This chapter highlights the locations where FUSE data can be obtained
and also provides brief descriptions of available tools that can be
useful for analyzing and interpreting FUSE spectra. More information can be found on
CalFUSE Page. Lists of computer software, spectral atlases,
and papers dealing with particularly difficult FUSE analysis problems are also given.
The contents of this chapter are relevant to all future FUSE users regardless of their expertise level ("Casual", "Intermediate" or "Advanced").
FUSE data are available through three different on-line interfaces. These are:
Because FUSE data are standard FITS files, they can be read and displayed with all standard astronomical software packages. There are also several customized FUSE analysis packages written in IDL and in C that will assist the user in displaying and analyzing FUSE data. These tools, and their accompanying documentation, are available from the MAST or IAP web sites and are only briefly described here.
First, Don Lindler has written a comprehensive suite of IDL routines customized to handle FUSE data. These are called ltools. The complete package and some documentation are available from the MAST FUSE web pages. The following is an outline of the capabilities of ltools, and some of its major elements.
NOTE: Don Lindler's routines have been updated to work with IDL 6.3. If you are unable to display spectra when running fuse_register or cf_edit on a Mac or PC, try installing the latest versions of the astron and ltools libraries. Another trick is to add the following lines to your idl_startup.pro file.
; Let's deal with the 24-bit display issues. device, true_color=24 window, /free, /pixmap, colors=-10 wdelete, !d.window device, decomposed=0, retain=2, set_character_size=[8,10] device, get_visual_depth=depth ; Print helpful information at login. print, ' ' print, 'Display depth: ' + strtrim( depth, 2 ) print, 'Color table size: ' + strtrim( !d.table_size, 2 ) print, ' ' $pwd $hostname print, ' '
Some additional utility routines are:
Here are some additional contributions.
A final IDL tip to those users wishing to read FUSE data on their own: when using the IDL Astronomy User's Library routine mrdfits.pro, the keyword fscale should be set to automatically scale numbers to floating point format when needed.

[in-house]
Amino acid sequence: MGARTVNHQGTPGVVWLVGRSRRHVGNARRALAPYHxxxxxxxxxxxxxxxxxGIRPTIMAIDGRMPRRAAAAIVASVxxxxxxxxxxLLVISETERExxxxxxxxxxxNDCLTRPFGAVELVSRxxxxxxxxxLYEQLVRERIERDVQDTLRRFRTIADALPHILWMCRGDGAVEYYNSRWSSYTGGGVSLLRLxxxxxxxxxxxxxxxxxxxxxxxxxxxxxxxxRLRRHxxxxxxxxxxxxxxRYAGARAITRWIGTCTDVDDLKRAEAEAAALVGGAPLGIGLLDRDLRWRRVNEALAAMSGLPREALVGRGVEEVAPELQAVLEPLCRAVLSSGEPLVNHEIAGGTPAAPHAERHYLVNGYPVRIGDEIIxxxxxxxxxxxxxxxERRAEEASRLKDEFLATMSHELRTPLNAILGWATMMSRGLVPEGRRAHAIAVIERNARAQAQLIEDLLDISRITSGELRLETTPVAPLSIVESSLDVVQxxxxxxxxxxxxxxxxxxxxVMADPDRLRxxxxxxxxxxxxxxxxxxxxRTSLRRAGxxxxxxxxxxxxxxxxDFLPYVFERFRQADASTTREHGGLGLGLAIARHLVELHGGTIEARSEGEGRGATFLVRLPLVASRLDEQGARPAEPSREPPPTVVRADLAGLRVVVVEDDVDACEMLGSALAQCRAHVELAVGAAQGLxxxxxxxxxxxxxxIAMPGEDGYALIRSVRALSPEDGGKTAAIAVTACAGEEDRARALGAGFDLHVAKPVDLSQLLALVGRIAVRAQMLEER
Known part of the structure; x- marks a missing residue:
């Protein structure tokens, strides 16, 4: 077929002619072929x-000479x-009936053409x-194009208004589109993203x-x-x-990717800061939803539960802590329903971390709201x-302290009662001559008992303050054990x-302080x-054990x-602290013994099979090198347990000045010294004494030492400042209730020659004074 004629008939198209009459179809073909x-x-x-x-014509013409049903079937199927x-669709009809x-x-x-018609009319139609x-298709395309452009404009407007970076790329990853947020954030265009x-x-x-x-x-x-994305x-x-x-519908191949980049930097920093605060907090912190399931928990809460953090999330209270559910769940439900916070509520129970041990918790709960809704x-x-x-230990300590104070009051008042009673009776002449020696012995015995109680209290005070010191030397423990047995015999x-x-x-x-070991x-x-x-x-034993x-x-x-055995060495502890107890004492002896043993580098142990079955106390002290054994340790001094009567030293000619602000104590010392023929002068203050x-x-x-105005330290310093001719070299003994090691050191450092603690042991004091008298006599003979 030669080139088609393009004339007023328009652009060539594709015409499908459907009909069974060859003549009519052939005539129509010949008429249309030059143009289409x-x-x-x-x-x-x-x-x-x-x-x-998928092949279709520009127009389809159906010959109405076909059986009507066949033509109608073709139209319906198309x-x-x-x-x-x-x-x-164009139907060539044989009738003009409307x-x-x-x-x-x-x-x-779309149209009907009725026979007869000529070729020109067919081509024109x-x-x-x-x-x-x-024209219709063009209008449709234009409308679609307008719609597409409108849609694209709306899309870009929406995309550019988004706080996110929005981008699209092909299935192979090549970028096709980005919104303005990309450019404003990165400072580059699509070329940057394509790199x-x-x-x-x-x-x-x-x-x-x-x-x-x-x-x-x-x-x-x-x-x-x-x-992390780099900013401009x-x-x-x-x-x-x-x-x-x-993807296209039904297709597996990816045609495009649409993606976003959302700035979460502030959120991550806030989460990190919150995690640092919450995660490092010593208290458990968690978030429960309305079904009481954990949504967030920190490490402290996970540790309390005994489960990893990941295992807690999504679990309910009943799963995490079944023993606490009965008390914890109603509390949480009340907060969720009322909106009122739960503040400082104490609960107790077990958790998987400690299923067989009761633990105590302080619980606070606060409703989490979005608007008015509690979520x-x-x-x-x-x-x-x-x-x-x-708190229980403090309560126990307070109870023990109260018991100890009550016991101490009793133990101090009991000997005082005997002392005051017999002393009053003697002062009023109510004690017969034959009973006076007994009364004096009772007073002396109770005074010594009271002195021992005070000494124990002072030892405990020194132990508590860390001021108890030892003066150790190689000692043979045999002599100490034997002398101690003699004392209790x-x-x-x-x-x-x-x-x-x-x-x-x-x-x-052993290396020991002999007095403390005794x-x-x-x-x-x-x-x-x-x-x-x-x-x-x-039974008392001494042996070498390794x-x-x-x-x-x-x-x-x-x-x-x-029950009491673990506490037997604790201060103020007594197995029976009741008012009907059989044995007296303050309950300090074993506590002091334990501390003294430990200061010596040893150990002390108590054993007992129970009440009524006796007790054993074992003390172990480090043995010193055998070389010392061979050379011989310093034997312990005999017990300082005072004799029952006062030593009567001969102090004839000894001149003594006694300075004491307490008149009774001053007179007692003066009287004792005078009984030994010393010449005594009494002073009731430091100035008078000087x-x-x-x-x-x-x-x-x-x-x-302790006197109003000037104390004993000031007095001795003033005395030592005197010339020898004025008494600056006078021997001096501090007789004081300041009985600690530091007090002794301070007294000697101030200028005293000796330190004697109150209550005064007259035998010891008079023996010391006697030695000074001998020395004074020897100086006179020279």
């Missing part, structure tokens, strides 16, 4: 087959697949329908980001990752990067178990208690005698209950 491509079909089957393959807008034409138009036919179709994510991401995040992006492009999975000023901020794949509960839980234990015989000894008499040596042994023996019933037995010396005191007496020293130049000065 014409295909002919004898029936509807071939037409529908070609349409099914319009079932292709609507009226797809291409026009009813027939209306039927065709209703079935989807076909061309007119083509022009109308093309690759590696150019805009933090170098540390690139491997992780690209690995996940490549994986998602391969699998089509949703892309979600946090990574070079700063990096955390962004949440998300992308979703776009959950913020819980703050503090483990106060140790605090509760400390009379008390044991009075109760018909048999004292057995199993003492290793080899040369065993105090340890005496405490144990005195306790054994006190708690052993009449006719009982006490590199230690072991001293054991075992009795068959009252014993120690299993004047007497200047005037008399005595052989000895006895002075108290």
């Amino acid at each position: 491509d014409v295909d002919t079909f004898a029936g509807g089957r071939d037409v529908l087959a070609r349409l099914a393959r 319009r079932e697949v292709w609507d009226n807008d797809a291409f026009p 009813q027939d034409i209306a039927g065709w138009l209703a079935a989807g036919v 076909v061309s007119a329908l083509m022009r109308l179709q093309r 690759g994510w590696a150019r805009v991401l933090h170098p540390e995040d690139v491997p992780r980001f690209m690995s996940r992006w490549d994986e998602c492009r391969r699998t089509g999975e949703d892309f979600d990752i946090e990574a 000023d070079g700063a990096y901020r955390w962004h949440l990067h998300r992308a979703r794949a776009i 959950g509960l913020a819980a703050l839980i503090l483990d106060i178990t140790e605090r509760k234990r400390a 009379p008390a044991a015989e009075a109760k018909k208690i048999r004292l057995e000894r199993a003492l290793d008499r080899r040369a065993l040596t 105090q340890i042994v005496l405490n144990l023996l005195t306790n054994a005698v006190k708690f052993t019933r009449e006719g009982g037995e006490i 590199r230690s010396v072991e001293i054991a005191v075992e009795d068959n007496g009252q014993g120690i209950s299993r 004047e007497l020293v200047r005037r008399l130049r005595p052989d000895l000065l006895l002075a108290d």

FUSE Tools in C is a package of data analysis tools distributed along with the CalFUSE
pipeline. They come with the document
FUSE Tools in C, which
reviews each routine. A subset of these programs is designed specifically
for the manipulation of IDF files, and is described in the
Cookbook, which is available in both PDF and HTML versions on the FUSE
Tools web page
These tools have the flexibility to perform many common tasks, including
trimming, modifying and manipulating large sets of multiple data files. For
example, when combining spectra of bright targets, the goal is usually to
to maximize spectral resolution, so it is important to align the spectra
from individual exposures precisely before combining them. The
FUSE Tools in C package includes routines to accomplish this task.
In contrast, when
combining spectra of faint targets, the goal is typically to maximize the
fidelity of the background correction by increasing the signal-to-noise
ratio on unilluminated regions of the detector. To accomplish this, the
IDF files must be combined before extracting the spectra. This is easily
done with the Tools, and there are detailed instructions in the
Cookbook available on the
CalFUSE Page. The tools also have routines that enable
one to divide an IDF file into multiple time segments in order to examine
In a few cases, it may be necessary to reprocess the data using the CalFUSE pipeline. The CalFUSE source code and documentation for installing and using it are available at http:/archive.stsci.edu/fuse/analysis/calfuse.html.
Before performing detailed science investigations with FUSE data, it is recommended that the user (regardless of expertise level) go through the sanity checks given below to avoid erroneous results and interpretations.